By Trish Pearson
Insuring Your Future
Insurance plans today are quite different from 10 years ago. Most plans carry deductibles of over $2,000 per person and out-of-pocket maximums up to $10,000. The number of people who are in debt due to medical bills has increased dramatically. To add insult to injury, the insurance companies in Connecticut have filed for double digit rate increases for 2023. According to the Universal Health Association, the average requested increase for individual plans on or off the exchange is 20.4 percent, and for small business plans it is 14.8 percent.
The companies did not decrease deductibles or out-of-pocket maximums, thereby adding to the potential drain on an individual’s finances. Business owners must either absorb the increase in premiums or pass them along to their employees. Neither of these options is particularly attractive.
The insurance industry cites three reasons for the large increases. First, utilization is up. (Wasn’t that the whole idea behind expanding health insurance to all?) Second, COVID-19 caused a backlog in elective surgeries and tests that are now being done. Third, legislation was passed that requires richer benefits for people with certain conditions such as diabetes.
The Connecticut Insurance Department is currently considering these requests and is seeking public input. If these potential increases are okay with you, then do nothing. However, if you are like most people, paying higher premiums and then incurring upfront costs for medical care is not okay.
What you can do is register your concerns on the CID’s website at Portal.ct.gov/cid and click on “Health Insurance Rate Request Filings for 2023.” You can then see how much each company has requested and get an opportunity to comment on the specific company’s plan. The deadline for commenting is July 31.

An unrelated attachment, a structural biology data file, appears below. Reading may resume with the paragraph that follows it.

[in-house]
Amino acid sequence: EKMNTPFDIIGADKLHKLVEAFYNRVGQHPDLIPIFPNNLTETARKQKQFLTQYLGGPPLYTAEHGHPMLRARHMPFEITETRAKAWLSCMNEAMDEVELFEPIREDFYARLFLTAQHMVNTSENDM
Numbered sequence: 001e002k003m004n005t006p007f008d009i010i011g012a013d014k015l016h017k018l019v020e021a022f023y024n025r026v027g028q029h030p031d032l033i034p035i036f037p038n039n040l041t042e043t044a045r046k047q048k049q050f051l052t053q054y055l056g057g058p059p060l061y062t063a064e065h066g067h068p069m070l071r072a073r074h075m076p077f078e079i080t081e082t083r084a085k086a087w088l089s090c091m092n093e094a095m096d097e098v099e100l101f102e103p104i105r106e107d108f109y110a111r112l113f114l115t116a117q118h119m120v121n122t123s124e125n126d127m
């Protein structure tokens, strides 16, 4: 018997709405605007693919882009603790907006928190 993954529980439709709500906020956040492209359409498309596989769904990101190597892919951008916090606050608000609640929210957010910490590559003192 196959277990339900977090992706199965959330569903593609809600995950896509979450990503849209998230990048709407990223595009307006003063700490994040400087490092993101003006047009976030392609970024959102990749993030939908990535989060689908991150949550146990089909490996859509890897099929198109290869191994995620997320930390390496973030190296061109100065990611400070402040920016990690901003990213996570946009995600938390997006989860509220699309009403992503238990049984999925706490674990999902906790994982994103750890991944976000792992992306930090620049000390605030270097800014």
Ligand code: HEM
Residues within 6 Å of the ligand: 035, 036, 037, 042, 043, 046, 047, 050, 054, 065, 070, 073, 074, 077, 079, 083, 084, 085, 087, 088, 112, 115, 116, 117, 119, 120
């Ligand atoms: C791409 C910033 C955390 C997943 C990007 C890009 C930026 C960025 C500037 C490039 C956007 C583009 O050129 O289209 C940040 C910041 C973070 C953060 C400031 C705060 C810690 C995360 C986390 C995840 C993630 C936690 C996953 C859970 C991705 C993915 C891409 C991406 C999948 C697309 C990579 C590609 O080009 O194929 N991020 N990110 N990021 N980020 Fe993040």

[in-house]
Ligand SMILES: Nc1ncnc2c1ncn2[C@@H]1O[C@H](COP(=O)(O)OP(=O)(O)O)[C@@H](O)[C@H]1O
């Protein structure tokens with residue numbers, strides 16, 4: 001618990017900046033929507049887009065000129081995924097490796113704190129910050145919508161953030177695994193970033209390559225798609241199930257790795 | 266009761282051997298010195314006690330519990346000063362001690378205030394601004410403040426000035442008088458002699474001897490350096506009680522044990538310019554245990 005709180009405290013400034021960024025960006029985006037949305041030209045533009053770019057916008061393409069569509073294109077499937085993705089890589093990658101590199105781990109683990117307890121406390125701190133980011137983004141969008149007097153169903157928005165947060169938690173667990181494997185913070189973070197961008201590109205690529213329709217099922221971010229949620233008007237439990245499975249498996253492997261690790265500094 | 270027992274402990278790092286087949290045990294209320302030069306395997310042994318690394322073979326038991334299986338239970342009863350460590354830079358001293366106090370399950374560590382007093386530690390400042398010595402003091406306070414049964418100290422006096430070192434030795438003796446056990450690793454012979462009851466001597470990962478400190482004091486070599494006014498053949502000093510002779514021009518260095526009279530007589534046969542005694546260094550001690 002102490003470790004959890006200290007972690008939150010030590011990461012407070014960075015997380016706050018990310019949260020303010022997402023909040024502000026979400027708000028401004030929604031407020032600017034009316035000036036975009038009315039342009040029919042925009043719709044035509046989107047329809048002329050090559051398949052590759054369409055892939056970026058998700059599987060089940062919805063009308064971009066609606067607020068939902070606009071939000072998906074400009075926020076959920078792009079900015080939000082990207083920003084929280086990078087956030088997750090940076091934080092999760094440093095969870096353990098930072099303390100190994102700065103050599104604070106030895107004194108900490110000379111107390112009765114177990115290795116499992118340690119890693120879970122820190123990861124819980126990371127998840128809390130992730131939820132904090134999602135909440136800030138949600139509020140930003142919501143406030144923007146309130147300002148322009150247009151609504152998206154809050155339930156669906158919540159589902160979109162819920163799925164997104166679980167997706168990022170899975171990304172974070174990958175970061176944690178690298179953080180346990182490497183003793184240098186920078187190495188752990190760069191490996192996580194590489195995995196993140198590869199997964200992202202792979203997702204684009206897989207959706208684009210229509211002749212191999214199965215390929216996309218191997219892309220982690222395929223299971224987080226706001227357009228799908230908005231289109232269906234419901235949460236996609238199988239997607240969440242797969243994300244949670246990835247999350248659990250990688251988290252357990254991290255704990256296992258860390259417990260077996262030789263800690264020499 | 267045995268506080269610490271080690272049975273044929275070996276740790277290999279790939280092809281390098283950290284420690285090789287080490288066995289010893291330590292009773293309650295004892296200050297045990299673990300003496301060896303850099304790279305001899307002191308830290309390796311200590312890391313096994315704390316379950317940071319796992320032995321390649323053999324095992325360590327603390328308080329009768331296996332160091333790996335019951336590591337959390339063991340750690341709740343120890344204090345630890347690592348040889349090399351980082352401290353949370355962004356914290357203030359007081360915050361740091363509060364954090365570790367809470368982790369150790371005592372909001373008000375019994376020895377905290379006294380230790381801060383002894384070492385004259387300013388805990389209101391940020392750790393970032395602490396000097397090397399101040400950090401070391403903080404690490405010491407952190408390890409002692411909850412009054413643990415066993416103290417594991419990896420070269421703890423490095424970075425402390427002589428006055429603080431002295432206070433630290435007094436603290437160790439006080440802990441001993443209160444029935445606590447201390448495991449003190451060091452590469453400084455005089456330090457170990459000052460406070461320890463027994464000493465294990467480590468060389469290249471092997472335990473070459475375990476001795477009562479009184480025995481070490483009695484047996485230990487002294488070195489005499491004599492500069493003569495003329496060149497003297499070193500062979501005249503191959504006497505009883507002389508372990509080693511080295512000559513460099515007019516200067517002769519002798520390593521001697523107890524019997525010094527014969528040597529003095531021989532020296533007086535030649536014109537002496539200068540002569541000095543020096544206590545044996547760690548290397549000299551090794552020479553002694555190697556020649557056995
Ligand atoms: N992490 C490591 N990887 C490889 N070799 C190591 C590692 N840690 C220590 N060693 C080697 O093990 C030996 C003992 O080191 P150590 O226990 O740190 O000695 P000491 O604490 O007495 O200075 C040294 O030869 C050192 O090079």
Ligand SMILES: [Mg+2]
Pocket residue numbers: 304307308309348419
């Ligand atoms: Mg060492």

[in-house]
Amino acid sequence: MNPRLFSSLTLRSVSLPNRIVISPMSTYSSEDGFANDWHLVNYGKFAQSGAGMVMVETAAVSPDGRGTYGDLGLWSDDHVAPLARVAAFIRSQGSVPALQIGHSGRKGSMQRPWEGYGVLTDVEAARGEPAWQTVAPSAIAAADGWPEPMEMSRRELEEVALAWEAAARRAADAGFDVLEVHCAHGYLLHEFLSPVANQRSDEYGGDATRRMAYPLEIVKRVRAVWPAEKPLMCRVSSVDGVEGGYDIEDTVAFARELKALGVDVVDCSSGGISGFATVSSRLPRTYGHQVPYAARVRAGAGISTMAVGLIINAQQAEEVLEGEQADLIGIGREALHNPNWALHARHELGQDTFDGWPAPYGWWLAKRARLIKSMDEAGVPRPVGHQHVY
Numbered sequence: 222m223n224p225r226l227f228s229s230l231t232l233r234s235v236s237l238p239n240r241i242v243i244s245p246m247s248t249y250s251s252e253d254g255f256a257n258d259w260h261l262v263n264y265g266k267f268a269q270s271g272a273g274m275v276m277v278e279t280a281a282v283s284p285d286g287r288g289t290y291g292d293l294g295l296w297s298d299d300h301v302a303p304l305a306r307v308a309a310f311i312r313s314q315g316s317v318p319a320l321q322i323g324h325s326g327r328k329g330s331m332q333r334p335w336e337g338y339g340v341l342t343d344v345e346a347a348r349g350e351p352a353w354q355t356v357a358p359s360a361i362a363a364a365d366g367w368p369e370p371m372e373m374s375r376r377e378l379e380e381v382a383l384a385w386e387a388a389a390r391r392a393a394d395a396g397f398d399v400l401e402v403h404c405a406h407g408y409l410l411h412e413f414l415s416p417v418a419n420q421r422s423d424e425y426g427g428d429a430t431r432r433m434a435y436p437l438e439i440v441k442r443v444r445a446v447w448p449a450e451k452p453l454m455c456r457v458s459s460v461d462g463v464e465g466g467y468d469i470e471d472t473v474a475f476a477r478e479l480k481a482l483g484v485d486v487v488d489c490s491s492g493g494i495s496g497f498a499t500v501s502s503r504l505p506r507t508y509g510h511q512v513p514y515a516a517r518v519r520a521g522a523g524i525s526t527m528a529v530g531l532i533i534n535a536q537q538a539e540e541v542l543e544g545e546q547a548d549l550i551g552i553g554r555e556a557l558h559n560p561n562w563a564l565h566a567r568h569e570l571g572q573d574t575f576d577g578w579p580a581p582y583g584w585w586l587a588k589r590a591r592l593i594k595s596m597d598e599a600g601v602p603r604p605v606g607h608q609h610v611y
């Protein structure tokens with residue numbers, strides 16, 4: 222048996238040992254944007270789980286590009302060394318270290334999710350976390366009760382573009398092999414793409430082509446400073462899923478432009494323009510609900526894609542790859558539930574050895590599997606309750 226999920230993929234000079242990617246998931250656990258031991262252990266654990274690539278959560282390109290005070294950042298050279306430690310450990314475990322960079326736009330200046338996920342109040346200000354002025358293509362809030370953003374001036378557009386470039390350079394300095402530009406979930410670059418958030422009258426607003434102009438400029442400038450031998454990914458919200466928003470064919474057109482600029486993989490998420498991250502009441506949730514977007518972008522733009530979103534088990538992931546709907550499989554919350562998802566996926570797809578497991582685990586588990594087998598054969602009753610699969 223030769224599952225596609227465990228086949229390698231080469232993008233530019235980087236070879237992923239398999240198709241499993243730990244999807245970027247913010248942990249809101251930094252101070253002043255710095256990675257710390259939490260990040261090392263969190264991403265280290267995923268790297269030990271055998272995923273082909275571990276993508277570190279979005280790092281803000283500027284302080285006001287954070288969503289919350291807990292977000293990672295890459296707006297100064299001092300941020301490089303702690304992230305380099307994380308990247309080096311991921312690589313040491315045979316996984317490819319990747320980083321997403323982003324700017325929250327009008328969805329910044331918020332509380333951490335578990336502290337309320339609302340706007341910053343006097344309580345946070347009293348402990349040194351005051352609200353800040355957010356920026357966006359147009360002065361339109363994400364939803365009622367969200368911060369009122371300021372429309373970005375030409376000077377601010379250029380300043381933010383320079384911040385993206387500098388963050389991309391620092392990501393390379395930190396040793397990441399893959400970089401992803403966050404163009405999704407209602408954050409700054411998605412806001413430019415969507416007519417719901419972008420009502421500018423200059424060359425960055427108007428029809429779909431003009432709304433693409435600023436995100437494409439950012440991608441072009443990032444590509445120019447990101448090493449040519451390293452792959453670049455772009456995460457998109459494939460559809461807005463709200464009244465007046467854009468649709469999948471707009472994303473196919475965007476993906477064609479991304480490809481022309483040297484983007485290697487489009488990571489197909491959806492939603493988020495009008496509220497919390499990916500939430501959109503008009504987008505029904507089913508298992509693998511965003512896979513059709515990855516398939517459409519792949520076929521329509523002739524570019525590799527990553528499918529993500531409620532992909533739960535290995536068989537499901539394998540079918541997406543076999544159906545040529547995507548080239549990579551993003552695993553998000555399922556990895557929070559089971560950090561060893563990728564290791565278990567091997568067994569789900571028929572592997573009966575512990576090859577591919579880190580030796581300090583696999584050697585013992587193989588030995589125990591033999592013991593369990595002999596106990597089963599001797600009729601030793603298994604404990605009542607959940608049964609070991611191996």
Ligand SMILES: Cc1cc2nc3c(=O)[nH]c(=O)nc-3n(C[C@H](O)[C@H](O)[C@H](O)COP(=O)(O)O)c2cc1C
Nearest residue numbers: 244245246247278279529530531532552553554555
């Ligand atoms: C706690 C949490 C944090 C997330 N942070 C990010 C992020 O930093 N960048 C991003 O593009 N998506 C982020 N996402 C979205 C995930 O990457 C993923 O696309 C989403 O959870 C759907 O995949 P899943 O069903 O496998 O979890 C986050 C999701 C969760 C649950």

A second deadline is looming that would decrease the advanced premium tax credits that were extended to many because of the American Rescue Plan Act. This plan expanded eligibility for tax credits to individuals whose incomes was less than $80,000 per year. For example, a 40-year-old making $79,000 per year currently qualifies for approximately $241 in tax credits toward a premium of $581 per month for a silver level plan.
If ARPA is not renewed, then the income cap drops to $45,000. Many people would fall off the “insurance subsidy cliff” and be faced with an approximately 59 percent increase in monthly premiums. This could result in people reverting back to rolling the dice on needing health care and dropping their insurance plans. This would defeat the whole purpose of the Affordable Care Act.
The legislation to extend ARPA beyond 2022 will come before Congress sometime in early fall. It is important to let your congressional representatives know the impact it would have on you and your family. Contact Rep. Rosa DeLauro and Sens. Chris Murphy and Richard Blumenthal to register your concerns. All three of these legislators have been supportive of legislation limiting the cost of health care, but every story gives them the ability to make a stronger case.
A major medical event can be physically painful, but it should not be financially painful as well. Speak up and speak out.
Trish Pearson is a licensed independent insurance agent and certified long term care specialist. Contact her at 203-640-5969 or [email protected]